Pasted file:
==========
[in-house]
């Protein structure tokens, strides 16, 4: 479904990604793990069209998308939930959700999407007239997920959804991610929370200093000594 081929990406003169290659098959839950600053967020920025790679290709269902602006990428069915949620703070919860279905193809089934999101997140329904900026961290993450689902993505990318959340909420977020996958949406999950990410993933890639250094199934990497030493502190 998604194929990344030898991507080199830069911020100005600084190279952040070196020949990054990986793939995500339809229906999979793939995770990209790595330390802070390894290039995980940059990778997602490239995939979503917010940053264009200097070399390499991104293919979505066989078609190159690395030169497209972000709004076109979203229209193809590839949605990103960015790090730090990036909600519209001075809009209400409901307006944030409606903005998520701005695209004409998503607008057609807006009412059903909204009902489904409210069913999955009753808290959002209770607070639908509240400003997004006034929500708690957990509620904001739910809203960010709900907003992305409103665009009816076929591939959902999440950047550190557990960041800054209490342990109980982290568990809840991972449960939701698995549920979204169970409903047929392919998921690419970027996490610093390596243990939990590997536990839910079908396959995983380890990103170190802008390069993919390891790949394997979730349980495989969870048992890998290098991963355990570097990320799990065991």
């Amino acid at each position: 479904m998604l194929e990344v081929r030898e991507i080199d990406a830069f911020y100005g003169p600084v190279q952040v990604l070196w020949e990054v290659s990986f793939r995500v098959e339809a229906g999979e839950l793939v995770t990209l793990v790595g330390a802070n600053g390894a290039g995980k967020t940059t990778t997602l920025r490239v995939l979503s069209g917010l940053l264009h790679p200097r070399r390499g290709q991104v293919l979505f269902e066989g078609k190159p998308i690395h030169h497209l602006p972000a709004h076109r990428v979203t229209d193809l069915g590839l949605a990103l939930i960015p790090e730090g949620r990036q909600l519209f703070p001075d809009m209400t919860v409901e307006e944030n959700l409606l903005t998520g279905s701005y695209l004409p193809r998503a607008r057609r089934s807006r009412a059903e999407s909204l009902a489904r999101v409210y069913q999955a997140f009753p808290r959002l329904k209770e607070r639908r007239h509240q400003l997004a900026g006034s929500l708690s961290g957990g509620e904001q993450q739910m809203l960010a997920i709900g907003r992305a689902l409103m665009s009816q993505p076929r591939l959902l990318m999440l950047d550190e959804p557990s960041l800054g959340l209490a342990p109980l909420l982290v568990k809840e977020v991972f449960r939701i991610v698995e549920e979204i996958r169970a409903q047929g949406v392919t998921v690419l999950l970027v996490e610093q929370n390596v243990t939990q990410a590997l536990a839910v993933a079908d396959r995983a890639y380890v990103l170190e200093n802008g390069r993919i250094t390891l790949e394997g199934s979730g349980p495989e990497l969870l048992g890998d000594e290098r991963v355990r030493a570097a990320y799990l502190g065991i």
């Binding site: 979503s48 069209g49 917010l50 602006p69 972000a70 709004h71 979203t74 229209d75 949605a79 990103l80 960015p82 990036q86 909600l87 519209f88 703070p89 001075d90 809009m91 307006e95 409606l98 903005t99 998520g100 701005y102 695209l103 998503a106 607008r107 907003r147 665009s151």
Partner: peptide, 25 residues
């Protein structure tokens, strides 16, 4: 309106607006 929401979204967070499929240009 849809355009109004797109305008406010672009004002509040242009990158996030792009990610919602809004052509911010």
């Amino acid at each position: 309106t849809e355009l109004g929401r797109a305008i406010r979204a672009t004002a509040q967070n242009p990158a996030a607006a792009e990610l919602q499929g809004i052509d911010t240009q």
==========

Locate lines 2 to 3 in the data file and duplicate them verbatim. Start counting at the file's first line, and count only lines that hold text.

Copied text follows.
């Protein structure tokens, strides 16, 4: 479904990604793990069209998308939930959700999407007239997920959804991610929370200093000594 081929990406003169290659098959839950600053967020920025790679290709269902602006990428069915949620703070919860279905193809089934999101997140329904900026961290993450689902993505990318959340909420977020996958949406999950990410993933890639250094199934990497030493502190 998604194929990344030898991507080199830069911020100005600084190279952040070196020949990054990986793939995500339809229906999979793939995770990209790595330390802070390894290039995980940059990778997602490239995939979503917010940053264009200097070399390499991104293919979505066989078609190159690395030169497209972000709004076109979203229209193809590839949605990103960015790090730090990036909600519209001075809009209400409901307006944030409606903005998520701005695209004409998503607008057609807006009412059903909204009902489904409210069913999955009753808290959002209770607070639908509240400003997004006034929500708690957990509620904001739910809203960010709900907003992305409103665009009816076929591939959902999440950047550190557990960041800054209490342990109980982290568990809840991972449960939701698995549920979204169970409903047929392919998921690419970027996490610093390596243990939990590997536990839910079908396959995983380890990103170190802008390069993919390891790949394997979730349980495989969870048992890998290098991963355990570097990320799990065991």
């Amino acid at each position: 479904m998604l194929e990344v081929r030898e991507i080199d990406a830069f911020y100005g003169p600084v190279q952040v990604l070196w020949e990054v290659s990986f793939r995500v098959e339809a229906g999979e839950l793939v995770t990209l793990v790595g330390a802070n600053g390894a290039g995980k967020t940059t990778t997602l920025r490239v995939l979503s069209g917010l940053l264009h790679p200097r070399r390499g290709q991104v293919l979505f269902e066989g078609k190159p998308i690395h030169h497209l602006p972000a709004h076109r990428v979203t229209d193809l069915g590839l949605a990103l939930i960015p790090e730090g949620r990036q909600l519209f703070p001075d809009m209400t919860v409901e307006e944030n959700l409606l903005t998520g279905s701005y695209l004409p193809r998503a607008r057609r089934s807006r009412a059903e999407s909204l009902a489904r999101v409210y069913q999955a997140f009753p808290r959002l329904k209770e607070r639908r007239h509240q400003l997004a900026g006034s929500l708690s961290g957990g509620e904001q993450q739910m809203l960010a997920i709900g907003r992305a689902l409103m665009s009816q993505p076929r591939l959902l990318m999440l950047d550190e959804p557990s960041l800054g959340l209490a342990p109980l909420l982290v568990k809840e977020v991972f449960r939701i991610v698995e549920e979204i996958r169970a409903q047929g949406v392919t998921v690419l999950l970027v996490e610093q929370n390596v243990t939990q990410a590997l536990a839910v993933a079908d396959r995983a890639y380890v990103l170190e200093n802008g390069r993919i250094t390891l790949e394997g199934s979730g349980p495989e990497l969870l048992g890998d000594e290098r991963v355990r030493a570097a990320y799990l502190g065991i």